About Our Lincolnshire

The University of Lincoln’s Our Lincolnshire project was a county-wide public consultation on public attitudes to Lincolnshire’s heritage. The full ‘Our Lincolnshire’ report is published by Archaeopress and can be downloaded free as a pdf or ordered for postal delivery as a hard copy.

 

Summary of the Our Lincolnshire project (2015-16)

The term ‘heritage’ is used to refer to anything that has historic or cultural value which can be passed from one generation to the next. Heritage can include physical things created by humans such as objects, buildings and monuments, as well as non-physical things such as traditions, crafts, ceremonies, songs, literature, digital material, stories and memories. Heritage activities bring people today into contact with their heritage, and can include visiting, watching, listening, reading, handling, teaching, re-enacting and re-creating.

Why heritage matters

Recent research carried out by BritainThinks for the Heritage Lottery Fund revealed that ‘the UK’s heritage helps make us happier about where we live, and puts heritage firmly at the heart of shaping and improving quality of life across the UK.’

After talking to 4,000 people, the national survey found that:

  • 93% see heritage as important to ‘the country’
  • 81% see heritage as important to ‘me personally’
  • 80% say local heritage makes their area a better place to live
  • 64% think local heritage has got better while they have lived in the area

People see heritage delivering benefits that relate directly to their quality of life, bringing economic benefits like tourism and creating good jobs, making places more visually attractive, providing family leisure opportunities, helping people to understand where they come from, instilling local pride and encouraging social cohesion.

Attitudes to heritage in Lincolnshire

The ‘Our Lincolnshire’ project aimed to find out what people think about heritage in Lincolnshire in order to advance knowledge and to help heritage policy-makers, curators and practitioners in the country better understand the county’s heritage needs and wants, so that these can be met in the future.

Abandoned antennae dishes at RAF Stenigot, Donington-on-Bain. Photo credit: Darren Flinders, 2015, CC BY-ND 2.0

Abandoned antennae dishes at RAF Stenigot, Donington-on-Bain. Photo credit: Darren Flinders, 2015, CC BY-ND 2.0

The aims of the Our Lincolnshire project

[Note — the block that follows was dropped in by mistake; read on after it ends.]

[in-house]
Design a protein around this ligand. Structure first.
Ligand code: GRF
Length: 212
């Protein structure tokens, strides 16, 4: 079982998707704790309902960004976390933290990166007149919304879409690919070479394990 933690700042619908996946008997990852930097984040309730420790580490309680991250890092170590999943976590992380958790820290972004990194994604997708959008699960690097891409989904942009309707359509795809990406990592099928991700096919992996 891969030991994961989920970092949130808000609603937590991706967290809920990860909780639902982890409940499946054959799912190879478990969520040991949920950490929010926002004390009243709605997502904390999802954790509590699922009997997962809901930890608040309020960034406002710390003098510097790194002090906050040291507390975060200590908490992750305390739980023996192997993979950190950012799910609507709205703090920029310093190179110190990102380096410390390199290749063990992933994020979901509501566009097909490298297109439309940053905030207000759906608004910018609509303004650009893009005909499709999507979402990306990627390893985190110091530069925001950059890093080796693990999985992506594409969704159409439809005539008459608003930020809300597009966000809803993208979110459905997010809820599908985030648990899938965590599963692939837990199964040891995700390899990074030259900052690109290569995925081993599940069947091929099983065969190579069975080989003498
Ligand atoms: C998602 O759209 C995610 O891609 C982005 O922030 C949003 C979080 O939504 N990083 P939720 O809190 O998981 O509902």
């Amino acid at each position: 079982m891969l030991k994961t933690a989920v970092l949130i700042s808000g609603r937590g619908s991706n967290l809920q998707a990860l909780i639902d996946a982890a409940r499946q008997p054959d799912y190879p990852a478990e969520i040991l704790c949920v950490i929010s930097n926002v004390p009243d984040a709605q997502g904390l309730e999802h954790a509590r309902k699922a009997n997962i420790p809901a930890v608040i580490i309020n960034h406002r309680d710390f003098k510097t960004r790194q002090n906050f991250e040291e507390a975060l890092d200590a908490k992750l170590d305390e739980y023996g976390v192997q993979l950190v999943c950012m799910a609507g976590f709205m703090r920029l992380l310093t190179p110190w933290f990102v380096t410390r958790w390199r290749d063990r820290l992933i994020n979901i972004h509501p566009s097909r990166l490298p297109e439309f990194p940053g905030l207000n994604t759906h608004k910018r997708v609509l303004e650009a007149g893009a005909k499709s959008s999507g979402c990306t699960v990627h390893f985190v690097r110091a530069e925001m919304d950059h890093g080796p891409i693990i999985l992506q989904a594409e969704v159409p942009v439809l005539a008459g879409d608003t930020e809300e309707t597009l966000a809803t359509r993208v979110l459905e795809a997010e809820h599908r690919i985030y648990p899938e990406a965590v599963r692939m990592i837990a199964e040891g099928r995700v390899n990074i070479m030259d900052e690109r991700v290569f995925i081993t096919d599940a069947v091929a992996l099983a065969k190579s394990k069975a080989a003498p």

‘Our Lincolnshire’ was funded by Arts Council England (ACE), aiming to understand the value that inhabitants of, and visitors to, Lincolnshire place on the county’s heritage, and the relevance this has to them. These insights will then help inform future strategies for heritage curation and service provision.

There has been recognition by the county heritage sector that the heritage of rural areas of Lincolnshire does not attract as much attention as the many iconic city-centred attractions, facilities and services. This separation between people in Lincolnshire and their county heritage is thought to generate indifference towards heritage sites and collections, which presents challenges for reviewing the purpose and function of museums and heritage services.

Re-connecting people in Lincolnshire with their heritage in a meaningful and creative way is needed to justify the continued collection, curation and presentation of heritage, so that is effective in encouraging responsible guardianship of heritage, building social capital within communities, and ensuring this resource reflects, meets and advances contemporary interests, needs and aspirations.  The issue of how best to achieve these aims for rural heritage affects areas well beyond Lincolnshire and also reflects the wider ‘crisis of identity’ affecting British citizenship.

‘Our Lincolnshire’ involved undertaking and analyzing a programme of structured creative public engagement to ensure that that the future form and nature of the collections development strategy for Lincolnshire will be firmly rooted in the interests and aspirations of residents and visitors.

Wreck of the 'Try' at Saltfleet. Photo credit: Pete, 2007, CC BY-NC-ND 2.0

Wreck of the ‘Try’ at Saltfleet. Photo credit: Pete, 2007, CC BY-NC-ND 2.0

The different strands of the project were:

  • Heritage Survey: The survey was open between late January and early May 2016 – our thanks to everyone who has contributed to this. Results and analysis will be available soon.
  • My Lincolnshire Collection: A chance to curate your own collection of 10 objects from a selection of 100 via our web app.
  • Cricket in Lincolnshire: Research into the history and heritage of cricket in Lincolnshire.
  • Performing Heritage in Lincolnshire: New performances exploring thoughts about Lincolnshire’s heritage – developed and performed with community volunteers.
  • Who’s who? Find out more about the Our Lincolnshire project team here.
Belton House. Photo credit: Richard Thomas, 2006, CC BY-NC 2.0

Belton House. Photo credit: Richard Thomas, 2006, CC BY-NC 2.0

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